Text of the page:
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Atlas of potential control locations

The potential control locations atlas displayed below is built from a series of measured and modelled conditions that occurred where fires stopped or kept burning on this landscape in the Eastern Cascades of Washington State.
The potential control locations atlas displayed below is built from a series of measured and modelled conditions that occurred where fires stopped or kept burning on this landscape in the Eastern Cascades of Washington State.
Two big questions drive the operational decisions of fire management teams.

  1. Where are the best available opportunities to engage a fire when containment is the strategy?
  2. Where are the places where fire is likely to continue burning regardless of what management actions are taken?

Researchers with the RMRS Wildfire Risk Management Science Team are helping both incident response teams and fire planners answer these questions by turning to analytics to understand where and under what conditions fires have been successfully contained in the past, and conversely where containment efforts have failed.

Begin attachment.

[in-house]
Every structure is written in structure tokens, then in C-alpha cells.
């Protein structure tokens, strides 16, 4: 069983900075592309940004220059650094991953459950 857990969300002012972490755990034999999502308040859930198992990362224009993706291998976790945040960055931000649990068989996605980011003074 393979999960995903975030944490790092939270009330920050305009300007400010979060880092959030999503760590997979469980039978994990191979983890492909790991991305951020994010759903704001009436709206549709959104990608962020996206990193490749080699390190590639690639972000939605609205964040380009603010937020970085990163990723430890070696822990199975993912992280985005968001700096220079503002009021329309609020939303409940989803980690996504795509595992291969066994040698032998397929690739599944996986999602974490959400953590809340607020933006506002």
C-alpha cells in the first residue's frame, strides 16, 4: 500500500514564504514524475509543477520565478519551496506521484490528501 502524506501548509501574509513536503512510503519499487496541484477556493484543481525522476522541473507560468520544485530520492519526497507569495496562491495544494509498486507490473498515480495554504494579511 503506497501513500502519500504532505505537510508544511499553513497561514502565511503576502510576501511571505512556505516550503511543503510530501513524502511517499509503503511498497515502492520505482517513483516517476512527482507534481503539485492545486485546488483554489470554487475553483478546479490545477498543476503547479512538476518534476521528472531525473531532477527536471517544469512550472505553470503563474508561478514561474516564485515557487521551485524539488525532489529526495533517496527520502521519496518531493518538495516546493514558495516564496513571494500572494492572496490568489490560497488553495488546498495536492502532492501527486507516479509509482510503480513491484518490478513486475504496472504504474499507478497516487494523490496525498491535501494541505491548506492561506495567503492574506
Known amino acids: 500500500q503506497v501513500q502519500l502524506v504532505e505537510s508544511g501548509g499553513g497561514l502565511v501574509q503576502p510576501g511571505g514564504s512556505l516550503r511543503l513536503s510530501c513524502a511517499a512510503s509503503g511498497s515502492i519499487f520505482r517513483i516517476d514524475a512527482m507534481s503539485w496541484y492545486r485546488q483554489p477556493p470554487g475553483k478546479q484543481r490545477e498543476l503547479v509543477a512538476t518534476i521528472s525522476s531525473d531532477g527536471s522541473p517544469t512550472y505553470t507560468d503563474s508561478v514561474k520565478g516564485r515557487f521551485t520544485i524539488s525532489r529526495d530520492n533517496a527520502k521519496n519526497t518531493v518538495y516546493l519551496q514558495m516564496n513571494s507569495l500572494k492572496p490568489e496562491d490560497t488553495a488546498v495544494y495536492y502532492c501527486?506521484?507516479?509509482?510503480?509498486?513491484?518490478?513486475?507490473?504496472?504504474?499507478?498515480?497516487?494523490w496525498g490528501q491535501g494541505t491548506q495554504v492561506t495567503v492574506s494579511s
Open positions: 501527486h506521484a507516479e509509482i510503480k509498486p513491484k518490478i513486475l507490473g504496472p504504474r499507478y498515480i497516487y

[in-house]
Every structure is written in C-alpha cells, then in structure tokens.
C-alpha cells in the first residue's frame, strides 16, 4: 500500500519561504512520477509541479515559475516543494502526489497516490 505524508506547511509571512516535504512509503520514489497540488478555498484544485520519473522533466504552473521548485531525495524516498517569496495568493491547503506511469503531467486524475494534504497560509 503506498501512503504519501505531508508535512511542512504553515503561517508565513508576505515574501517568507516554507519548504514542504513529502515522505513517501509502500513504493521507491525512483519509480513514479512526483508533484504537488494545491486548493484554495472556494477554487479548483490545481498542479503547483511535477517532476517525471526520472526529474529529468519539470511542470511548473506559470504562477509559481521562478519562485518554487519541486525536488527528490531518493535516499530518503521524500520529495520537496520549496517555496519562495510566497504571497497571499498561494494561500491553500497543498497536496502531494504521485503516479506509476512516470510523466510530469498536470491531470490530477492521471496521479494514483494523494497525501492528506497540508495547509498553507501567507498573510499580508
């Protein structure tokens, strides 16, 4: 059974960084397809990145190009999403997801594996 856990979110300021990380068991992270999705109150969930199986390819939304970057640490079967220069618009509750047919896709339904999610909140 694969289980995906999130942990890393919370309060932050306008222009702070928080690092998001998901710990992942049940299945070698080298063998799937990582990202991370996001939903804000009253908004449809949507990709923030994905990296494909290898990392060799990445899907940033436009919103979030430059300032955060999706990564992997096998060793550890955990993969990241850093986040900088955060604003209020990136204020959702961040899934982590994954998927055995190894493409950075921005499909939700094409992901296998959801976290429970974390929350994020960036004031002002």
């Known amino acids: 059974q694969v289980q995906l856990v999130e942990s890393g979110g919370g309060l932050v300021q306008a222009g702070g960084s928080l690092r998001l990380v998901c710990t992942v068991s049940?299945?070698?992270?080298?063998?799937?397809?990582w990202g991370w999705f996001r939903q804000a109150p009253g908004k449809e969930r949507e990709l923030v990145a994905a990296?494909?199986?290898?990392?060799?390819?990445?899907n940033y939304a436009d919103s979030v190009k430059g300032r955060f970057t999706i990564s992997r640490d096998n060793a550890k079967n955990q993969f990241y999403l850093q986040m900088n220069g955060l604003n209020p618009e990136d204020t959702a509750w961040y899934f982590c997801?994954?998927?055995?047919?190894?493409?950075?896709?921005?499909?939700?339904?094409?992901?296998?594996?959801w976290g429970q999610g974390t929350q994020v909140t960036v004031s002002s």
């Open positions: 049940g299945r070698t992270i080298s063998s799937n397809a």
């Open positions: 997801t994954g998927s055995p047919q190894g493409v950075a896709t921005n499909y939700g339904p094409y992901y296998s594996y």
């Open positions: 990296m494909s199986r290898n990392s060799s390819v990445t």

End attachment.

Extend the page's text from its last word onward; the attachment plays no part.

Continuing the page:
Building models from these data allows researchers to produce near real-time predictions of the best and worst locations for engaging fire during active fire management operations, and to develop spatial planning tools that integrate fire into land and resource management.

By building the model off of historical fires that burned under similar conditions on the same landscape, researchers produce a customized product that identifies conditions where fires tend to spread or slow, and which factors are most important for successful containment.